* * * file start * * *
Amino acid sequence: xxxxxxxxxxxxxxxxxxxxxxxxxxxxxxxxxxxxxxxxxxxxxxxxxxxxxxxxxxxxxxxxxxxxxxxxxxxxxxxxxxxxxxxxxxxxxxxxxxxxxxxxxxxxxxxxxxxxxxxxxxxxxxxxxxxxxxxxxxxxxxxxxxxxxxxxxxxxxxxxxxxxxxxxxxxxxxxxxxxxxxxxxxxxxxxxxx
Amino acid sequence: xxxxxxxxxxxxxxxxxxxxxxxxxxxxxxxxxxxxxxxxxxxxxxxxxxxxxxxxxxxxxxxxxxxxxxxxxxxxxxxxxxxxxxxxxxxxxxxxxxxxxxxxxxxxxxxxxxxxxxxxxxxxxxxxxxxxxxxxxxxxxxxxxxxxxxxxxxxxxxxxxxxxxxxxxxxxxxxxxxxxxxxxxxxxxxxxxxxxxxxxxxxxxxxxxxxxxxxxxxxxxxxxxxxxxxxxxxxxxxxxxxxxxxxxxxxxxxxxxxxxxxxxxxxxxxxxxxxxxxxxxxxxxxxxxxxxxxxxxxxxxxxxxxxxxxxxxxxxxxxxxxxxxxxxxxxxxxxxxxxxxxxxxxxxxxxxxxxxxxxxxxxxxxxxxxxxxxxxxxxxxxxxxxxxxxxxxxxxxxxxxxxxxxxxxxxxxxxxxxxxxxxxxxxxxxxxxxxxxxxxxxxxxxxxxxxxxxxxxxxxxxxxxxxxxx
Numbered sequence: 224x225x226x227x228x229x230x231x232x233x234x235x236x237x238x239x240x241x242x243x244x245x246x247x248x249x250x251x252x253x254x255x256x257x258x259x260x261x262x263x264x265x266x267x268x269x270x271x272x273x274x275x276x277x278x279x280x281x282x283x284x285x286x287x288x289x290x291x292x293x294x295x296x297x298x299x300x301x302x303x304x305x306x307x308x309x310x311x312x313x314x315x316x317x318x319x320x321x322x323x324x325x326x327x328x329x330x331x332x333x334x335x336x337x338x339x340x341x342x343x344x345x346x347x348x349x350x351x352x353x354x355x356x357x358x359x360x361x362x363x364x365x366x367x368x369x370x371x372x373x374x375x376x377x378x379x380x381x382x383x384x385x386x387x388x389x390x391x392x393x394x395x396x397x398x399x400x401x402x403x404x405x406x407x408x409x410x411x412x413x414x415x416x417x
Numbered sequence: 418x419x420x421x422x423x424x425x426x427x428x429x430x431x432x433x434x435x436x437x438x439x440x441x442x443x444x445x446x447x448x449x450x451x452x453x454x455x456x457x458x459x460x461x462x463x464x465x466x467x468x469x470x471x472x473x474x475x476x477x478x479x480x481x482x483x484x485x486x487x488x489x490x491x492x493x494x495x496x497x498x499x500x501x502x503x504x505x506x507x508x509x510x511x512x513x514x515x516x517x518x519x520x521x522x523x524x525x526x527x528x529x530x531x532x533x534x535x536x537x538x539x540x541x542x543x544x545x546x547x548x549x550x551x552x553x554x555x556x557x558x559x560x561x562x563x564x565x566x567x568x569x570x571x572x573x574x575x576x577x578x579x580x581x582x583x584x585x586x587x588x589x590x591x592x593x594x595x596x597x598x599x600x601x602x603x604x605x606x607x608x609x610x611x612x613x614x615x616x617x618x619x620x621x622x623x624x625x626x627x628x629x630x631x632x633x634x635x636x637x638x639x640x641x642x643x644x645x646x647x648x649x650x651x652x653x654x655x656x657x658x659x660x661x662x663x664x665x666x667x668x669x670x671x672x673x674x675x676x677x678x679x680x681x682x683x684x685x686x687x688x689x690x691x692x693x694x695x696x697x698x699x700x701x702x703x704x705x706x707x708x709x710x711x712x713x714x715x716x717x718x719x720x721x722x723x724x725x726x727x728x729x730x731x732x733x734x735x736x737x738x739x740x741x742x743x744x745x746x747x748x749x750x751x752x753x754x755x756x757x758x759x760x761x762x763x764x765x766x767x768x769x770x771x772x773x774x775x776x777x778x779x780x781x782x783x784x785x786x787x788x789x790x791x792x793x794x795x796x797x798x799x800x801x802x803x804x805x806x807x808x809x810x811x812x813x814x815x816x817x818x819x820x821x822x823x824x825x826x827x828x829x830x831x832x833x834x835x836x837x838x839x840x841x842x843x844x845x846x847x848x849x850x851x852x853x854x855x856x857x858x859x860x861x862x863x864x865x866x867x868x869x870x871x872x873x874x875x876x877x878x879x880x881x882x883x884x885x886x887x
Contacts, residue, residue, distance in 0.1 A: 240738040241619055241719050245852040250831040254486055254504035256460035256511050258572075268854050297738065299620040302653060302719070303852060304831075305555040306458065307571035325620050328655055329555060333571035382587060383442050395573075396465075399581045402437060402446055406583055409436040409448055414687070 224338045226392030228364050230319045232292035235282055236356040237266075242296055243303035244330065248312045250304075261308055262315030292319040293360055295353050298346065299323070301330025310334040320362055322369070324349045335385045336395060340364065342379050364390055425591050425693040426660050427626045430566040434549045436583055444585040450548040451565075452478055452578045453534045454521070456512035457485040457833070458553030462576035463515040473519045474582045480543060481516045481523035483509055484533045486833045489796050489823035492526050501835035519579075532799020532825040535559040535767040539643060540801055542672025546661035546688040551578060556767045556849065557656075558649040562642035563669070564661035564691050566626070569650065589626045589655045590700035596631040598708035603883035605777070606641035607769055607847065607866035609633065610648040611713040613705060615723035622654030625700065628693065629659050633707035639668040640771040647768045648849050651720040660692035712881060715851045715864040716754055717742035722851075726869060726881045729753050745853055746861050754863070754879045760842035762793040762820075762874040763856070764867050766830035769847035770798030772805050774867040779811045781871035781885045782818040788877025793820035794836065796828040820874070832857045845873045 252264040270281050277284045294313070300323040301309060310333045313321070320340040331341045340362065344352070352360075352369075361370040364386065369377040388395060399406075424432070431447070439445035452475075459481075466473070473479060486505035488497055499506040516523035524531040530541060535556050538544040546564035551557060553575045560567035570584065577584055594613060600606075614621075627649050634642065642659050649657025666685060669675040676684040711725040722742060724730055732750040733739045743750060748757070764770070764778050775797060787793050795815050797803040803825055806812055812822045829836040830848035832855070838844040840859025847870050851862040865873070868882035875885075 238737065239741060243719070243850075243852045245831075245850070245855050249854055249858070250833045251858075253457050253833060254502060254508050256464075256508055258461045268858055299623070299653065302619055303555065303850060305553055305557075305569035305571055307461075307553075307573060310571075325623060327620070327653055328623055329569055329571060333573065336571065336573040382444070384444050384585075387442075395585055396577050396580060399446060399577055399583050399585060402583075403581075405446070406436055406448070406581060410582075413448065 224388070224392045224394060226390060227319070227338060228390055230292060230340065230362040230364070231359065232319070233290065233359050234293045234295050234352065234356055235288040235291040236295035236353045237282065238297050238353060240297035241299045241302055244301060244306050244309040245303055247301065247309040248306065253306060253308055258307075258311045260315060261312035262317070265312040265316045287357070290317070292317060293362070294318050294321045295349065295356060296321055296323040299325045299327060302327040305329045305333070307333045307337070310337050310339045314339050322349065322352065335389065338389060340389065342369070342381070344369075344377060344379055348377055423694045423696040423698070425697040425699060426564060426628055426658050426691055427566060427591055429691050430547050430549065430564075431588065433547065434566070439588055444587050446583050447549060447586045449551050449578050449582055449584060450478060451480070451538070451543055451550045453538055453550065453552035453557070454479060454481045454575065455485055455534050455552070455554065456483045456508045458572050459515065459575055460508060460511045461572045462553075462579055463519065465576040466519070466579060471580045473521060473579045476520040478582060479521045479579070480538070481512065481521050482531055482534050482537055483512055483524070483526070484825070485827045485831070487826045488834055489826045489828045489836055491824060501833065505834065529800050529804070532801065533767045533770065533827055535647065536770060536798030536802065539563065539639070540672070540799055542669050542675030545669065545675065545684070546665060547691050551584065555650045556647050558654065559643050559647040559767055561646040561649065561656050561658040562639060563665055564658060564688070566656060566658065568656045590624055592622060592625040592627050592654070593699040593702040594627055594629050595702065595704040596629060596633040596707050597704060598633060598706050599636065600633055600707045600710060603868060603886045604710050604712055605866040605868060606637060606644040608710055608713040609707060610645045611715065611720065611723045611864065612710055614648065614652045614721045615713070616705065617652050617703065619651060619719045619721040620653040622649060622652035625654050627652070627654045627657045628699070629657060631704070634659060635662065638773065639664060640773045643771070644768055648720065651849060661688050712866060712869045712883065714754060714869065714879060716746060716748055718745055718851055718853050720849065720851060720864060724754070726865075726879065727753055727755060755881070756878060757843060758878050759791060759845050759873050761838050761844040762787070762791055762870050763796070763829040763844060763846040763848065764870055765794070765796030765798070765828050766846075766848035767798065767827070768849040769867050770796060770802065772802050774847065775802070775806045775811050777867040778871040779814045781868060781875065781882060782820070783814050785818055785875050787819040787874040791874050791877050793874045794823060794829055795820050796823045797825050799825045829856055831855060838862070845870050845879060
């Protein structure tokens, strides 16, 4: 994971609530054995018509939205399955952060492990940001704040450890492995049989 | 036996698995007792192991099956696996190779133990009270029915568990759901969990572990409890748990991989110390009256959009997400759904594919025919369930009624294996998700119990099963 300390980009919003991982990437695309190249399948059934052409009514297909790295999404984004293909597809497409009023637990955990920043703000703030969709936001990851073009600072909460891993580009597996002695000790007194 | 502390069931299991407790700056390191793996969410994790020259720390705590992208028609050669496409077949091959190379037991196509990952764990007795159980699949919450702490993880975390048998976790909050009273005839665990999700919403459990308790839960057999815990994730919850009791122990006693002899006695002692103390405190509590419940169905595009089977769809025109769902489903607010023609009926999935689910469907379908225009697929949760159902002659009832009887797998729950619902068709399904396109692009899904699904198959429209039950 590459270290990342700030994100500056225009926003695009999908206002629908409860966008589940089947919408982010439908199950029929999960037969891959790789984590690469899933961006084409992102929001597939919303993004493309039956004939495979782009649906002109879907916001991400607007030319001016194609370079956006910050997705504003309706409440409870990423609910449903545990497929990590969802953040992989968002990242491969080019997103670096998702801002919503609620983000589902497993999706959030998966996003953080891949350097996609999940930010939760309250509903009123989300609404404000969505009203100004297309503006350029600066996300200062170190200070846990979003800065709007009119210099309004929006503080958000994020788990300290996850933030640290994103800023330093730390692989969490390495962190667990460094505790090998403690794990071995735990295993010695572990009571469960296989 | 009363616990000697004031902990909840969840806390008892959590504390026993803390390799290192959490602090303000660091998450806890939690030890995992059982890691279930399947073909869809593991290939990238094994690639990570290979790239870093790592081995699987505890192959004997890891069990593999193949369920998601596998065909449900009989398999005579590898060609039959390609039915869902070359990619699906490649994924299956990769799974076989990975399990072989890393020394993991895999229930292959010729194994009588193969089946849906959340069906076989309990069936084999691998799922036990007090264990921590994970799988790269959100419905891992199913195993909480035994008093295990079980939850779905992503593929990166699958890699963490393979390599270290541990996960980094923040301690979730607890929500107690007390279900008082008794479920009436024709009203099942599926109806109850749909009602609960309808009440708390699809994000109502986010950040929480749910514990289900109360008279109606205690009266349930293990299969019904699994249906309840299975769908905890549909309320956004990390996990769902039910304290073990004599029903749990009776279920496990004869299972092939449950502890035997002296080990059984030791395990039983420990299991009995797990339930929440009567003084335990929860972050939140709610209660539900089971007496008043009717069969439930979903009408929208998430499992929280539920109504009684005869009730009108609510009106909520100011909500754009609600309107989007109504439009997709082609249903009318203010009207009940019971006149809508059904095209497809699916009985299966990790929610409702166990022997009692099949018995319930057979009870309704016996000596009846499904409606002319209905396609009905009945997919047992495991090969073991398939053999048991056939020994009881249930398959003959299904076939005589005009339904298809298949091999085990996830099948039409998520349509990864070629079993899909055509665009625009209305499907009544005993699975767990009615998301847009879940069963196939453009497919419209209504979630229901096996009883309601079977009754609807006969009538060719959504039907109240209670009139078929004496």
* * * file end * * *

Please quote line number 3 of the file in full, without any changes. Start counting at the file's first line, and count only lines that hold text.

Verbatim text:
Numbered sequence: 224x225x226x227x228x229x230x231x232x233x234x235x236x237x238x239x240x241x242x243x244x245x246x247x248x249x250x251x252x253x254x255x256x257x258x259x260x261x262x263x264x265x266x267x268x269x270x271x272x273x274x275x276x277x278x279x280x281x282x283x284x285x286x287x288x289x290x291x292x293x294x295x296x297x298x299x300x301x302x303x304x305x306x307x308x309x310x311x312x313x314x315x316x317x318x319x320x321x322x323x324x325x326x327x328x329x330x331x332x333x334x335x336x337x338x339x340x341x342x343x344x345x346x347x348x349x350x351x352x353x354x355x356x357x358x359x360x361x362x363x364x365x366x367x368x369x370x371x372x373x374x375x376x377x378x379x380x381x382x383x384x385x386x387x388x389x390x391x392x393x394x395x396x397x398x399x400x401x402x403x404x405x406x407x408x409x410x411x412x413x414x415x416x417x